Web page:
Why Field Sobriety Tests Are Not Always Accurate
Stand on one foot. Walk in a straight line. Follow a flashlight with just your eyes.
If you have ever been arrested for driving under the influence in the Syracuse area, it is likely that you had to perform one or all of these field sobriety tests. Did you know, however, that field sobriety tests are not the most reliable method for determining whether a person is intoxicated?
I am attorney George F. Hildebrandt, and I have extensive experience with field sobriety tests. Just because you failed a test, does not necessarily mean you were intoxicated. There are numerous factors that can impact the outcome of a field sobriety test, and I can help show that to a court if you were charged with drunk driving after failing a test.
Were The Tests Administered Correctly?
In order for a test to be even close to accurate, the officer must have followed standard guidelines when administering it. Certain tests, such as asking you to recite the alphabet backward or requiring you to perform a walking test on uneven or sloped ground, are not demonstrated reliable tests of sobriety.
I will review your arrest reports and records of your field sobriety tests to determine whether you were asked to perform any inappropriate or unreliable tests. If you were, the results may not support your drunk driving arrest.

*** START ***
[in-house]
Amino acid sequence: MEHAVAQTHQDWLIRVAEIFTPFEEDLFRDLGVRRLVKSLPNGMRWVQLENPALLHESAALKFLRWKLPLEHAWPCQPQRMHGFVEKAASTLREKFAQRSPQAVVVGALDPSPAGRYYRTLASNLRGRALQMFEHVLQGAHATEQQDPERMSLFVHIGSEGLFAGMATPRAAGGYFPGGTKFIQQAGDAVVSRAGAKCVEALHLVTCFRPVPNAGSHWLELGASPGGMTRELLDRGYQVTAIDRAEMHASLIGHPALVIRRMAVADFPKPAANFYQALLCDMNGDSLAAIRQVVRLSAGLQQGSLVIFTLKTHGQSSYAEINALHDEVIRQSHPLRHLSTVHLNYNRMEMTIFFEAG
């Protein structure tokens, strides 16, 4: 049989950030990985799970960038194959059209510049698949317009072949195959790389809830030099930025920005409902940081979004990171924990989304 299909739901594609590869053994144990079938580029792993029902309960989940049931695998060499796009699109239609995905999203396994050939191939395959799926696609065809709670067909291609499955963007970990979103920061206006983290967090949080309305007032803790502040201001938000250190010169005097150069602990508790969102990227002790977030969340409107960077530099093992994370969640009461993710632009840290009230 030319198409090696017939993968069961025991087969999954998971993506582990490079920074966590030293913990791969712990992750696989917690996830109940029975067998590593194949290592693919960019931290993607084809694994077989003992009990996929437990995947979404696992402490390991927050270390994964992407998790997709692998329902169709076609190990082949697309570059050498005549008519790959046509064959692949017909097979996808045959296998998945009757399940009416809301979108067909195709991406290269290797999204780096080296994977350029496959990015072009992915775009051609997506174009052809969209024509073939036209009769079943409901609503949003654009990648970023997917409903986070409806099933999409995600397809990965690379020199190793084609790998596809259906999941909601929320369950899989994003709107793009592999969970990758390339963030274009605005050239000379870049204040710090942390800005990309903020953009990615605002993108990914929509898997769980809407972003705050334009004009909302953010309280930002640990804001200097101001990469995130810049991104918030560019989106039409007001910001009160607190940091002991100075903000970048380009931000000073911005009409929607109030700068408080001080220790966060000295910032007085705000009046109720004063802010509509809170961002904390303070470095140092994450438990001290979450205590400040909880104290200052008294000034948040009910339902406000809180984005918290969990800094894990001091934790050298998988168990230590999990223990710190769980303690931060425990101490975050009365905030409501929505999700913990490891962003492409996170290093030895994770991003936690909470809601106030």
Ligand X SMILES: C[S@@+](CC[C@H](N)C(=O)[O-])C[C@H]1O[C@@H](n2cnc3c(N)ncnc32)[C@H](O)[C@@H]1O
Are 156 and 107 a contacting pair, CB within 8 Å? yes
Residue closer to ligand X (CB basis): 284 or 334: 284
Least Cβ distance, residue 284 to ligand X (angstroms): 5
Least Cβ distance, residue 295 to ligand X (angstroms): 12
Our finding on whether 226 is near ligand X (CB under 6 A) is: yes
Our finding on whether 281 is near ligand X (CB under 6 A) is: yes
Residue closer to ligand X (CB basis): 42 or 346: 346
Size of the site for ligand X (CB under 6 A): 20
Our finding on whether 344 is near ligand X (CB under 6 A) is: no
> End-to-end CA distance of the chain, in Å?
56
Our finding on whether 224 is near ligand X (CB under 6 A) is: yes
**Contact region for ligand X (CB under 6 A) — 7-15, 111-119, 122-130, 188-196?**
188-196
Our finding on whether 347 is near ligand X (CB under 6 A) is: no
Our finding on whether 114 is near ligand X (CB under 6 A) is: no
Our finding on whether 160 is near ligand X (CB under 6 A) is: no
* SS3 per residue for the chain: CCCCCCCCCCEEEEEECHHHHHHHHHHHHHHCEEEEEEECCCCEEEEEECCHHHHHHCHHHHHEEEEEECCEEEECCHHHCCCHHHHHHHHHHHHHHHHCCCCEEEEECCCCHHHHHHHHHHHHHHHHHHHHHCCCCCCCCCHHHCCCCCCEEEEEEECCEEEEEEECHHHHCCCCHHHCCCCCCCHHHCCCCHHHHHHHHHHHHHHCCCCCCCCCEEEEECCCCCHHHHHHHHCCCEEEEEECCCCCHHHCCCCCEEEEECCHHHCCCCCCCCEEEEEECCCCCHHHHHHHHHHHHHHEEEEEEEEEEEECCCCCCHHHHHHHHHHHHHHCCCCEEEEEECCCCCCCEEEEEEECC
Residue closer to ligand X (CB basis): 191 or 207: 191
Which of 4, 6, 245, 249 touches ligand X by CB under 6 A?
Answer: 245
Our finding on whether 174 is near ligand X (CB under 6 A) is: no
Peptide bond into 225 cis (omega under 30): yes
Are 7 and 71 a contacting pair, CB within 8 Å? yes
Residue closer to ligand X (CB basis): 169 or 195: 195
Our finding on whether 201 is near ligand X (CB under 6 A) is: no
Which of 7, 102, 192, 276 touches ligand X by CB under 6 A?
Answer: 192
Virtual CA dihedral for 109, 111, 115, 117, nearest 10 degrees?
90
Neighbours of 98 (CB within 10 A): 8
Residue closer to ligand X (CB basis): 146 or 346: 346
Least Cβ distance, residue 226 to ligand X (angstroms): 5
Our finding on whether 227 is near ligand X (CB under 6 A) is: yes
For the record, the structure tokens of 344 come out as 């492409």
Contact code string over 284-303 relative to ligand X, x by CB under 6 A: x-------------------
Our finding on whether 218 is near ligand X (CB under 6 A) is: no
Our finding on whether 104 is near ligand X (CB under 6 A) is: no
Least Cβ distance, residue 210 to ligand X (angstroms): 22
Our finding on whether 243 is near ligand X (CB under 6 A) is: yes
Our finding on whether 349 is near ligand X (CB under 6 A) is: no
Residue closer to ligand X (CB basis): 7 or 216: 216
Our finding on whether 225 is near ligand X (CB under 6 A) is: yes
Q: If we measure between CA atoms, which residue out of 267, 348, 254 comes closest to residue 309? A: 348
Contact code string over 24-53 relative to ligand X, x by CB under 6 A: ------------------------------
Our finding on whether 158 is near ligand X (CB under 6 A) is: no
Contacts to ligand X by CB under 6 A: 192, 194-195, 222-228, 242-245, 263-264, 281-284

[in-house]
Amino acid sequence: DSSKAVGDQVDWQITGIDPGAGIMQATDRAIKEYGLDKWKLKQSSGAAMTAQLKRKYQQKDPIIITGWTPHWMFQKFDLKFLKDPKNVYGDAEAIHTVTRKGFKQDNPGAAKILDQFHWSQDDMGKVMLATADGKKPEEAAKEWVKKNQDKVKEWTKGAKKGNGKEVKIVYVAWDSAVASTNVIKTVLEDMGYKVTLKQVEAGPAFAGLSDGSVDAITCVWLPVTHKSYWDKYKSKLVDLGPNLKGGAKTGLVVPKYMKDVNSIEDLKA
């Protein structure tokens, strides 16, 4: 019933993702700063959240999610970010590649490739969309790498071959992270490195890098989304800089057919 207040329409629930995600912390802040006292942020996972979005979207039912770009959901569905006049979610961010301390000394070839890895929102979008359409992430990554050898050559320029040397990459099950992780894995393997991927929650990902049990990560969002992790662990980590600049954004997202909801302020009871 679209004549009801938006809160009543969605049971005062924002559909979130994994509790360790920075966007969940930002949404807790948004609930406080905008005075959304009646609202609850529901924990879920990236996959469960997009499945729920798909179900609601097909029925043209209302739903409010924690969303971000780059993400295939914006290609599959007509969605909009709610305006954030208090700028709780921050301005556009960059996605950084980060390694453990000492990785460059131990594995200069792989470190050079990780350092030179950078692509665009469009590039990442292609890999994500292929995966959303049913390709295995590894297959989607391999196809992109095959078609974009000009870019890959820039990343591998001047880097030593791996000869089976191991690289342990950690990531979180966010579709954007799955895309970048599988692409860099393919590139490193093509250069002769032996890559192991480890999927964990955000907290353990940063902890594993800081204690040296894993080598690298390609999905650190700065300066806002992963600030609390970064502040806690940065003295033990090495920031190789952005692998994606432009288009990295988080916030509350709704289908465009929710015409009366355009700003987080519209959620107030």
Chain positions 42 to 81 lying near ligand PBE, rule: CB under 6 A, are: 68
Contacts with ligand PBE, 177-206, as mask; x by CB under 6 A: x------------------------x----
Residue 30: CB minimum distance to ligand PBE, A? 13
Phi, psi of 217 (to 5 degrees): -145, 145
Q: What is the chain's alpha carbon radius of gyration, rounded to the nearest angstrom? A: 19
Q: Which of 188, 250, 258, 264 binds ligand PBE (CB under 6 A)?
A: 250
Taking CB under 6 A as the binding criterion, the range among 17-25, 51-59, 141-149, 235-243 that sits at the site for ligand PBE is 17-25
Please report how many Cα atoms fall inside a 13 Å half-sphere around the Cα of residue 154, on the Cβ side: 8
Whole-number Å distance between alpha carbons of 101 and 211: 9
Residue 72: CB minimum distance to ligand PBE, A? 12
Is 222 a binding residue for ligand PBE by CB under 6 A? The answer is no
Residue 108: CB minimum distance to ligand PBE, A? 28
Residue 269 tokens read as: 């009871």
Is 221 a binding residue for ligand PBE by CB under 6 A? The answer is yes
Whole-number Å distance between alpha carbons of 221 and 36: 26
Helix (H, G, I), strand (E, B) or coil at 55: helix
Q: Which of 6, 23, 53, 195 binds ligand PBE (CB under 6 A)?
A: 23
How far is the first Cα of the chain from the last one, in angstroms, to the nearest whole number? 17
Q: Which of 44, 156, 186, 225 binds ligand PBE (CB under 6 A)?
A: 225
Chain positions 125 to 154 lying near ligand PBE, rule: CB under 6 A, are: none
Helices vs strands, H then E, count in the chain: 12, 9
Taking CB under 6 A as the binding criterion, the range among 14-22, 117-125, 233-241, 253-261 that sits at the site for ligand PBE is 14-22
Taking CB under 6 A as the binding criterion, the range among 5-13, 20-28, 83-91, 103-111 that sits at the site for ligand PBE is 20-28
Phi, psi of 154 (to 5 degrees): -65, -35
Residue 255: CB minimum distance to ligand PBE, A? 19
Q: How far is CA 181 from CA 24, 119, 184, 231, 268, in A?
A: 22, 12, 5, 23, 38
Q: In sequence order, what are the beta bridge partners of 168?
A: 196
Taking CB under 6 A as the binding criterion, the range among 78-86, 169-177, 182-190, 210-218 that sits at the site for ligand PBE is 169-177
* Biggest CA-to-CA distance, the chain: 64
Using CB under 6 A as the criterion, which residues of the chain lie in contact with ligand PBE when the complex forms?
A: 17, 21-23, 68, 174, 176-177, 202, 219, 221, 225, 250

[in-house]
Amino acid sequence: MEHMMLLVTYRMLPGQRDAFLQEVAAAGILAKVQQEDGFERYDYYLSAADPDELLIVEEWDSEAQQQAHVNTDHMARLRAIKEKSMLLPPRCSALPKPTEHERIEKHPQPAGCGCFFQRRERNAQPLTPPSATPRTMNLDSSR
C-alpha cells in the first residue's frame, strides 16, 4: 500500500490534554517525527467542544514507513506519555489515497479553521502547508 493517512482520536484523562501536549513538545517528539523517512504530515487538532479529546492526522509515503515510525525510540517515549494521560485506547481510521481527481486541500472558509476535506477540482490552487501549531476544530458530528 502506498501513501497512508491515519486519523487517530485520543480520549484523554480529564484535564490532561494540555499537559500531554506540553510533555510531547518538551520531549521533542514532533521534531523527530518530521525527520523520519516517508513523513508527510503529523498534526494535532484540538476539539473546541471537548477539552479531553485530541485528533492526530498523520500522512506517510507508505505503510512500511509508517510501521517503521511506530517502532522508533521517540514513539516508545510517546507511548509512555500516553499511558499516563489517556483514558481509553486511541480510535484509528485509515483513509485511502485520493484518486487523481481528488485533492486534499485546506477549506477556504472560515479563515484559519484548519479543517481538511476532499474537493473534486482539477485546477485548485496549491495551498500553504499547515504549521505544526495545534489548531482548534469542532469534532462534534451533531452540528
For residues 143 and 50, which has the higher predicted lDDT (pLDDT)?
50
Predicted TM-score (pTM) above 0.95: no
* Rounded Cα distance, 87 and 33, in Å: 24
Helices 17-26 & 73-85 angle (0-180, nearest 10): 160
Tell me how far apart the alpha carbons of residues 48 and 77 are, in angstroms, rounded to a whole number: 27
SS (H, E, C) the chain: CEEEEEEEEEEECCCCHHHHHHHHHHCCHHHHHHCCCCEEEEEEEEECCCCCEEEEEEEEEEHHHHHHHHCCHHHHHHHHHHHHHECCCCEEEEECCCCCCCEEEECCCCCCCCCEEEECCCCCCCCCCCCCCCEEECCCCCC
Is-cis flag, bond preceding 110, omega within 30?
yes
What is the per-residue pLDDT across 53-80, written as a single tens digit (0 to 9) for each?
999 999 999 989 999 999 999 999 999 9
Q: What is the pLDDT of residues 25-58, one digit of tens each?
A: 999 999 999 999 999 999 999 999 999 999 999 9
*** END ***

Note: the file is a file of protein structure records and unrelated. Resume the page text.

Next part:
Do You Have A Health Condition That Affected Your Performance?
Certain medical conditions can impact how a person performs in a field sobriety test. Some medications can cause shaking, some brain injuries can affect a person’s horizontal gaze, ear conditions can cause balance problems, and certain muscle or skeletal disorders can impact how well a person can walk.
If you have a medical condition that may have impacted your performance, I will make sure to raise it as an issue in your defense.
Learn More About Challenging Field Sobriety Tests
Field sobriety tests are never 100 percent reliable. As your lawyer, I can help show why the results of your test should not be used against you. To learn more, call my office in Syracuse, New York, at 315-350-3980 or 866-929-3285, or contact me online.